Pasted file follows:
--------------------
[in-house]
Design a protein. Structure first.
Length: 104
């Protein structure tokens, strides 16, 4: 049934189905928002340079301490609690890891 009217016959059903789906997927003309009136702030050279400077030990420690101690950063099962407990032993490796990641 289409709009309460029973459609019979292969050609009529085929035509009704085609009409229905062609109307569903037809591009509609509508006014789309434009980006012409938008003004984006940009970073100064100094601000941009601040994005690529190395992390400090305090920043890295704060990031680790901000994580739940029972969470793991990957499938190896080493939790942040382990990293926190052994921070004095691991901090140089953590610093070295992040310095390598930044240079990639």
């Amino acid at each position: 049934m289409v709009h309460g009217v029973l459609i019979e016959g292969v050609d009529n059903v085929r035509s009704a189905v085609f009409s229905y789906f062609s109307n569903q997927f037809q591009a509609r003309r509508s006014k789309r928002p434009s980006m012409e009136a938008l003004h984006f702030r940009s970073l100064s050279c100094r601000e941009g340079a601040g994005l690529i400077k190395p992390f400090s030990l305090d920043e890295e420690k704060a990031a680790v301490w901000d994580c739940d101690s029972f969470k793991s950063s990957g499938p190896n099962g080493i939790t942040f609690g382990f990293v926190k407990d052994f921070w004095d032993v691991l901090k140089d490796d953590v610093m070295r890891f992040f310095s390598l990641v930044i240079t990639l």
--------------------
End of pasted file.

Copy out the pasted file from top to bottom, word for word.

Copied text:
[in-house]
Design a protein. Structure first.
Length: 104
């Protein structure tokens, strides 16, 4: 049934189905928002340079301490609690890891 009217016959059903789906997927003309009136702030050279400077030990420690101690950063099962407990032993490796990641 289409709009309460029973459609019979292969050609009529085929035509009704085609009409229905062609109307569903037809591009509609509508006014789309434009980006012409938008003004984006940009970073100064100094601000941009601040994005690529190395992390400090305090920043890295704060990031680790901000994580739940029972969470793991990957499938190896080493939790942040382990990293926190052994921070004095691991901090140089953590610093070295992040310095390598930044240079990639």
């Amino acid at each position: 049934m289409v709009h309460g009217v029973l459609i019979e016959g292969v050609d009529n059903v085929r035509s009704a189905v085609f009409s229905y789906f062609s109307n569903q997927f037809q591009a509609r003309r509508s006014k789309r928002p434009s980006m012409e009136a938008l003004h984006f702030r940009s970073l100064s050279c100094r601000e941009g340079a601040g994005l690529i400077k190395p992390f400090s030990l305090d920043e890295e420690k704060a990031a680790v301490w901000d994580c739940d101690s029972f969470k793991s950063s990957g499938p190896n099962g080493i939790t942040f609690g382990f990293v926190k407990d052994f921070w004095d032993v691991l901090k140089d490796d953590v610093m070295r890891f992040f310095s390598l990641v930044i240079t990639l």